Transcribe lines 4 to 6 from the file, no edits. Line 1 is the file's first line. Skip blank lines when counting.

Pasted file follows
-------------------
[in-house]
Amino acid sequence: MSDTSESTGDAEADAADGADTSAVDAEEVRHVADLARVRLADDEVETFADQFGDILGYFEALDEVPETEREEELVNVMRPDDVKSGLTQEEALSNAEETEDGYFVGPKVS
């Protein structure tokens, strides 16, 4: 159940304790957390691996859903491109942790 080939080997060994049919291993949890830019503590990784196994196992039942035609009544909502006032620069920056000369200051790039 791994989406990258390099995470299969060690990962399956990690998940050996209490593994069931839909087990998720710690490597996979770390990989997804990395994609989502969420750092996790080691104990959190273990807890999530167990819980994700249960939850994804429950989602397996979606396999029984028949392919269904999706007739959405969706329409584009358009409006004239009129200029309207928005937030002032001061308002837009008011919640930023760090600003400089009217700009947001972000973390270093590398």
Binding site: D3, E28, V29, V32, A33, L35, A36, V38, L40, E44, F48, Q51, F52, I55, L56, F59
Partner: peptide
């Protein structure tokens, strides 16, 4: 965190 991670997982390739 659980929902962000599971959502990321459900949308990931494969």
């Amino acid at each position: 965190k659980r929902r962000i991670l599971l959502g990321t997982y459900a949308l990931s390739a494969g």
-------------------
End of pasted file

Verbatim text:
Binding site: D3, E28, V29, V32, A33, L35, A36, V38, L40, E44, F48, Q51, F52, I55, L56, F59
Partner: peptide
């Protein structure tokens, strides 16, 4: 965190 991670997982390739 659980929902962000599971959502990321459900949308990931494969």